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Jock Itch & Diet

by
author image Glenda Taylor
Glenda Taylor is a contractor and a full-time writer specializing in construction writing. She also enjoys writing business and finance, food and drink and pet-related articles. Her education includes marketing and a bachelor's degree in journalism from the University of Kansas.
Jock Itch & Diet
Athletes are prone to developing jock itch in the groin area. Photo Credit Ting Hoo/Digital Vision/Getty Images

Although no one likes to admit they have it, jock itch, a symptom of a fungus overgrowth, can result in a maddening itch in the genital region. Related to the same fungus that causes athlete's foot and ringworm, jock itch is the result of a fungal infestation in the groin area, so named because male athletes frequently develop the condition beneath their protective jock straps, where heat and moisture provide the perfect environment for the fungus to grow. Certain types of foods may increase your risk of developing jock itch.

Jock Itch Basics

Jock itch, or tinea cruris, is caused by tiny fungi called dermatohpytes, which is one of a number of fungi in the candida family. Theoretically, consuming a diet high in foods that do not promote the growth of fungi may be beneficial in reducing the risk of jock itch.

Beneficial Diet

Eat a diet low in refined carbohydrates and yeast products, suggests EveryDiet.com. Beneficial diet items include meat and poultry, nuts and seeds, eggs, live yogurt culture, vegetables, especially garlic, which is an antifungal, and grains that are not glutenous, such as rice, oat bran and millet.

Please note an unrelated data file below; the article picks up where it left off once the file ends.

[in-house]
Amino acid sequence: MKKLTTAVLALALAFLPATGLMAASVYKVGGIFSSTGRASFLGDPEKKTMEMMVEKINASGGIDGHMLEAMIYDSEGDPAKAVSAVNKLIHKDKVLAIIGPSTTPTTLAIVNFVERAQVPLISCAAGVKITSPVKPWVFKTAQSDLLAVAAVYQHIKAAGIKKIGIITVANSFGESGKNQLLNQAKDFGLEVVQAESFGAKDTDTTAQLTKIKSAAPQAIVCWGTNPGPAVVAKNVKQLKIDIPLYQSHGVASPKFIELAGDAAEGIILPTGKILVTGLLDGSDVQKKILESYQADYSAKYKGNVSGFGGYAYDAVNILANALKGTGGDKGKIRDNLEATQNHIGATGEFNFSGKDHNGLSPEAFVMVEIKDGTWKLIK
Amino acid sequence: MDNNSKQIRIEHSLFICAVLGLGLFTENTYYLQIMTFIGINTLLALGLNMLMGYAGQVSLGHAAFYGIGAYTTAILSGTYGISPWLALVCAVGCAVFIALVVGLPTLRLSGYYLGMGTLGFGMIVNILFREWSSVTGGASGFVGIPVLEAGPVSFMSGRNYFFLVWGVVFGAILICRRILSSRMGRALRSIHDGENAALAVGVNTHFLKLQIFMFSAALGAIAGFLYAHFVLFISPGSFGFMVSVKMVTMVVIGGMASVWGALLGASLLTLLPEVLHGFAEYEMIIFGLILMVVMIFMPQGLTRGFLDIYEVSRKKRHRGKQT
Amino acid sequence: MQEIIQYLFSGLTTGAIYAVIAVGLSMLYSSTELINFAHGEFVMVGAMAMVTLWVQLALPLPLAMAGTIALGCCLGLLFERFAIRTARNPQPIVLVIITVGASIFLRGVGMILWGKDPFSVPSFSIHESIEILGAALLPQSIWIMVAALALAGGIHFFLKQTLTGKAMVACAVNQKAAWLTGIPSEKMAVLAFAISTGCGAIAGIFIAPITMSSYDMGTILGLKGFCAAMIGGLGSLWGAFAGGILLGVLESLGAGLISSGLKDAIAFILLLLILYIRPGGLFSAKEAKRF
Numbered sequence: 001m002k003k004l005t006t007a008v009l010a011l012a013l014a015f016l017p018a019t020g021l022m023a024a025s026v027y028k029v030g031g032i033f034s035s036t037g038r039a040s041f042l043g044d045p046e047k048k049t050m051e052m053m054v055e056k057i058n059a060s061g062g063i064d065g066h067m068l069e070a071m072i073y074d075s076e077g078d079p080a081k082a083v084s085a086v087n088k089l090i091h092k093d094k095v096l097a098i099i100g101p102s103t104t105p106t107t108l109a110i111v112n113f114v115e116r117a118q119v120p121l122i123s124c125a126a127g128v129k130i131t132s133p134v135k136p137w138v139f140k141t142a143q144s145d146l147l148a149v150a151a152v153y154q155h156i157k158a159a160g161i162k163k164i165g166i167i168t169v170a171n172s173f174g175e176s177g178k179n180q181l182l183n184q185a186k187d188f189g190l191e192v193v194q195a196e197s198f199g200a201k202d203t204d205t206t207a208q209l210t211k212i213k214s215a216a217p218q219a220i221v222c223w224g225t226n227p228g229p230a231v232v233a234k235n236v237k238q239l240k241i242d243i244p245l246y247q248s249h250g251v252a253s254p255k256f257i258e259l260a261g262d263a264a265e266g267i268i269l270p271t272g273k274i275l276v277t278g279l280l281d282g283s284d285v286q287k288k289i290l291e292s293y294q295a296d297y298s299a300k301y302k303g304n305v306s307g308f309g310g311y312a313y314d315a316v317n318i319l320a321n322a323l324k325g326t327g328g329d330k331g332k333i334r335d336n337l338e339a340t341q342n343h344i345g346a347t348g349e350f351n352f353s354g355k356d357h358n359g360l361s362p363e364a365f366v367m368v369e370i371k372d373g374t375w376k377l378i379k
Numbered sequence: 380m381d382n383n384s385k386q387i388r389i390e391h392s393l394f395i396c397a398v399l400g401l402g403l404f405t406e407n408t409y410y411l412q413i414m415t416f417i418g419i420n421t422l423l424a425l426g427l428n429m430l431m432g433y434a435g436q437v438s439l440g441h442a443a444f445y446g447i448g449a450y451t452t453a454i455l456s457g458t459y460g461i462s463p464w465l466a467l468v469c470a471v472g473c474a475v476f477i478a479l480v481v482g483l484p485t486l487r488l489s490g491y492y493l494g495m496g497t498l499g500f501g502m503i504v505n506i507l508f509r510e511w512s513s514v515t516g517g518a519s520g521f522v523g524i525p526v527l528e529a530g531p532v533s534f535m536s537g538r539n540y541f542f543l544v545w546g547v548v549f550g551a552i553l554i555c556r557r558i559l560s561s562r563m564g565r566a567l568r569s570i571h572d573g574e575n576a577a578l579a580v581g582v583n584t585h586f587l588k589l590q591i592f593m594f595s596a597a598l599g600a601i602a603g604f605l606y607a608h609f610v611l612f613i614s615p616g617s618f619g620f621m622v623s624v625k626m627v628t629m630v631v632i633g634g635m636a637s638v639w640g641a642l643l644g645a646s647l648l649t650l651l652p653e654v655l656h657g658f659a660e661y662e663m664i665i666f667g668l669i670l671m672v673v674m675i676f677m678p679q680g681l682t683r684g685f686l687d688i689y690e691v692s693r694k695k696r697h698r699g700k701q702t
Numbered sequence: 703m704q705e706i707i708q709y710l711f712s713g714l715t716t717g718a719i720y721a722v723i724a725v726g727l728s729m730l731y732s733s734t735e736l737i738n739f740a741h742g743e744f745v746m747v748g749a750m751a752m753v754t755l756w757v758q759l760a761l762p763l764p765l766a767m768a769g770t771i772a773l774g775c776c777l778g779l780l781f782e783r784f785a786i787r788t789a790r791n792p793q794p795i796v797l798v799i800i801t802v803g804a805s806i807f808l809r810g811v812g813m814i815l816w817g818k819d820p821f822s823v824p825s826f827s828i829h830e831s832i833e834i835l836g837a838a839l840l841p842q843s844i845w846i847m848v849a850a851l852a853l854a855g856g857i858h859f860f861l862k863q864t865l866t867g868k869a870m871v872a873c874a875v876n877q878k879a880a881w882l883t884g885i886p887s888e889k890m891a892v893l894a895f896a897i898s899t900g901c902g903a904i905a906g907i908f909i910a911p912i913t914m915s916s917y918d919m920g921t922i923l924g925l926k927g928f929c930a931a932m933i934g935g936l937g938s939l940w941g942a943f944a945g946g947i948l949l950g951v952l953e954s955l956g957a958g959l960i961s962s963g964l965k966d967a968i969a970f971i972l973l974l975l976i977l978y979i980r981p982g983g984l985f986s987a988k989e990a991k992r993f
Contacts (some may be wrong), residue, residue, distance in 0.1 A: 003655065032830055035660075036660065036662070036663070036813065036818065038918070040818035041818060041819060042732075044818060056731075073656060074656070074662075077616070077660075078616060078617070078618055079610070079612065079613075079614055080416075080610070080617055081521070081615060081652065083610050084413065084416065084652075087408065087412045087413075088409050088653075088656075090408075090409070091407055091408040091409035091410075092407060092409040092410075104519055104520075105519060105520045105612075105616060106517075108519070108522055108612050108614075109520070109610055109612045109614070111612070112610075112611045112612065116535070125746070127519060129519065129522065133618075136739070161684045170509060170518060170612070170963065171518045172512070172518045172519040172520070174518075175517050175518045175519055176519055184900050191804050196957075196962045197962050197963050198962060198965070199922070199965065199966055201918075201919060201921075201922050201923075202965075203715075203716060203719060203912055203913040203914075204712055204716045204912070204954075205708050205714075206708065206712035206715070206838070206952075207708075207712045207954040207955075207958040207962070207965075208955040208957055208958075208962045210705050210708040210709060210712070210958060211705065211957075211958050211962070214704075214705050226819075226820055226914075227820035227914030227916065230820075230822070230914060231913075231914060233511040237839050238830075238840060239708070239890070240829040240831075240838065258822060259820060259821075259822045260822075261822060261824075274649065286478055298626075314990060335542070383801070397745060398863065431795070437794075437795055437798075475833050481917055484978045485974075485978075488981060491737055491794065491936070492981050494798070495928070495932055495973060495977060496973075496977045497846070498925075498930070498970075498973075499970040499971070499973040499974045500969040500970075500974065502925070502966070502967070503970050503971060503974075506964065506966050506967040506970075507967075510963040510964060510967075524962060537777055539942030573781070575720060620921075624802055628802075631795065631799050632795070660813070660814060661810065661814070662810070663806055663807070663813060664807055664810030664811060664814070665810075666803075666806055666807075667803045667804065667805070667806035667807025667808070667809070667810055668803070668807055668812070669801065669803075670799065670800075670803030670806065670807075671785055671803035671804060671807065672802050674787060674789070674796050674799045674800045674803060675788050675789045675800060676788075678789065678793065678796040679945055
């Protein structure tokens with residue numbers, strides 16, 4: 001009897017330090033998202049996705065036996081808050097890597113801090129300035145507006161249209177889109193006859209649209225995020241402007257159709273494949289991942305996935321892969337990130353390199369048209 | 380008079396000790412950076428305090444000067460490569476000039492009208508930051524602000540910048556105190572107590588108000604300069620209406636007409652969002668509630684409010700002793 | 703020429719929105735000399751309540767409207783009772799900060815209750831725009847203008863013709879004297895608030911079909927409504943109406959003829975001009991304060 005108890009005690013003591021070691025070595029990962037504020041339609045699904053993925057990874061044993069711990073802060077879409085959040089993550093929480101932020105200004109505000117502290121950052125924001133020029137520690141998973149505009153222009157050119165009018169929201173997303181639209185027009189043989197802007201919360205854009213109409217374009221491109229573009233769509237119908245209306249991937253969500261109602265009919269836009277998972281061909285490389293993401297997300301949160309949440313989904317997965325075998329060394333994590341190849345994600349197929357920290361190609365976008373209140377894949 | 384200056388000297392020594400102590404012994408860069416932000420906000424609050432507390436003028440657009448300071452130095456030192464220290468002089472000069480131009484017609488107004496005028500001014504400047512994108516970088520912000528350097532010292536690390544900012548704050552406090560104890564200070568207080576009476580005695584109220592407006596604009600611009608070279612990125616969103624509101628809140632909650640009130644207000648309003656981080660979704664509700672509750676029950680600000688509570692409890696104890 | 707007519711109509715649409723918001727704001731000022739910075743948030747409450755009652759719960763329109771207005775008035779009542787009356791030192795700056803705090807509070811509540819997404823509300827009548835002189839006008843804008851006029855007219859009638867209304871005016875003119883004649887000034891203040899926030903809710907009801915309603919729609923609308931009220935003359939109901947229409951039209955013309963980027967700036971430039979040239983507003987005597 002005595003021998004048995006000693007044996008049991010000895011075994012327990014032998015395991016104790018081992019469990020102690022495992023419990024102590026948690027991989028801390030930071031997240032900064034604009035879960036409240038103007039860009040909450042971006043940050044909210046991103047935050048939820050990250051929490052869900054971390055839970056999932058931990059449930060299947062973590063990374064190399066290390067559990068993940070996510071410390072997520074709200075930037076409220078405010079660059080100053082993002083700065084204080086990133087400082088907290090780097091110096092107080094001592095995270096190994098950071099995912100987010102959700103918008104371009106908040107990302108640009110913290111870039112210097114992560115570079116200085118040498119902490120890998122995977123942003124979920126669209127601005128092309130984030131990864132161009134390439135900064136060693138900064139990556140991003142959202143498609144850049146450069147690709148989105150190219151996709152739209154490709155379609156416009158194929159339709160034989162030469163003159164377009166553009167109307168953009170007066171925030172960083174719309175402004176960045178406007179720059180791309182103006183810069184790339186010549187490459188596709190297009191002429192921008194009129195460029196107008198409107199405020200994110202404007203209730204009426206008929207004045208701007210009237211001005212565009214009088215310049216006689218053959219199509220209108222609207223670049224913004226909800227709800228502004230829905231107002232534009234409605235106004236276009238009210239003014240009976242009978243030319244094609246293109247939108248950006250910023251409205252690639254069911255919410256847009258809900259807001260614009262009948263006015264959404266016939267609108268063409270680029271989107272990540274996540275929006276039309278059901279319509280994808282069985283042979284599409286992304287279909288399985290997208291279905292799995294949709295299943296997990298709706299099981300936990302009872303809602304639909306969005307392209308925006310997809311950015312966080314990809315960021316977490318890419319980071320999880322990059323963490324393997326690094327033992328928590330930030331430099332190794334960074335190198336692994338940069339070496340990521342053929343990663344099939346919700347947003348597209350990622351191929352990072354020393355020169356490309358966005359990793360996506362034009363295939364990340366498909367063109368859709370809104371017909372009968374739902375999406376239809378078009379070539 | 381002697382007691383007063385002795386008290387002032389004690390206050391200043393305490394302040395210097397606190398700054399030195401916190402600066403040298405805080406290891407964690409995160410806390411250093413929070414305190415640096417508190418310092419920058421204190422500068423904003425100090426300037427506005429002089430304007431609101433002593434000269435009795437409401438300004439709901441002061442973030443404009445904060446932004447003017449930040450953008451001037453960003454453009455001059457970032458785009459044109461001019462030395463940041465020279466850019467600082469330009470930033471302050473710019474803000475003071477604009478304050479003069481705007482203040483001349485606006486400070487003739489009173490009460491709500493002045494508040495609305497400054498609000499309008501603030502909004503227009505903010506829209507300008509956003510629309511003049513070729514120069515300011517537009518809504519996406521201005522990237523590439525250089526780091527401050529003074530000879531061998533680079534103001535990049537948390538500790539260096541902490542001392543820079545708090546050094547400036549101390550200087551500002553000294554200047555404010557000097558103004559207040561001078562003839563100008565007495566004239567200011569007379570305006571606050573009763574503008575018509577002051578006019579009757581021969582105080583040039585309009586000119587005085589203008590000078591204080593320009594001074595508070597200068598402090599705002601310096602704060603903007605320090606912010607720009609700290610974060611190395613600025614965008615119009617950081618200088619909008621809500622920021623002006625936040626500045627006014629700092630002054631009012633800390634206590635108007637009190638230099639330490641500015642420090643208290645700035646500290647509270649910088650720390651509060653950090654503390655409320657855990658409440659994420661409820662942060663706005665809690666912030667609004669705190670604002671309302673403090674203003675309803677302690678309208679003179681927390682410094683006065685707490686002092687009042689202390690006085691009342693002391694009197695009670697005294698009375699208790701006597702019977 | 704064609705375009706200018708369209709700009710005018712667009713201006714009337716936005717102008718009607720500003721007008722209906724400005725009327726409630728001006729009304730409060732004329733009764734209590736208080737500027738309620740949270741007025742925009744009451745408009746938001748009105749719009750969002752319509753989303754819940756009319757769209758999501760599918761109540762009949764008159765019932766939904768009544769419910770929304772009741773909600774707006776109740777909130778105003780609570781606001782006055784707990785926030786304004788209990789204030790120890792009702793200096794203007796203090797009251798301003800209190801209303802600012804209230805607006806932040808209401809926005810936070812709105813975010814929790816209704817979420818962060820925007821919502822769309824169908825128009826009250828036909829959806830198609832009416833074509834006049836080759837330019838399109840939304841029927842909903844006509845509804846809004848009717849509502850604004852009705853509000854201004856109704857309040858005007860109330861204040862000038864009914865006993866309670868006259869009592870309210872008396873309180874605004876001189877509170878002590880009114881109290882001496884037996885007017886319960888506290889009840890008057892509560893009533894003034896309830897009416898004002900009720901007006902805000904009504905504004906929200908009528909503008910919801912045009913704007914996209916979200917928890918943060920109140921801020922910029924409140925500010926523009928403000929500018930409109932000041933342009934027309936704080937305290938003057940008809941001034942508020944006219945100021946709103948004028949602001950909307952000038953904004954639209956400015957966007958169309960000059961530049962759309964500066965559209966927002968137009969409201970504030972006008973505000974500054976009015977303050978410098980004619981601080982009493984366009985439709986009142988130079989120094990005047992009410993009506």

Detrimental Foods

Everydiet.org recommends avoiding some types of foods to decrease the risk of developing jock itch and other fungal infections. These include chocolates, sweets, mushrooms, aged cheese, wheat and other glutenous grains, dried fruits, vinegar and fermented foods, alcohol and baked goods that contain yeast.

Drawbacks

While a diet that includes antifungal foods may reduce the severity of jock itch or help prevent a new flare-up, it may not be enough to get rid of an existing condition. See your doctor if symptoms of jock itch do not go away within a few days with diet alterations. There are conventional antifungal medications and ointments your doctor can prescribe to treat jock itch.

Additional Considerations

The tinea cruris fungus may spread from person to person, so do not share towels in the locker room or clothing items. In addition to eating a diet that is not conducive to fungal infections, shower with antifungal body wash if you must use a communal shower. Wear shower shoes and launder your workout clothing and towels after every use.

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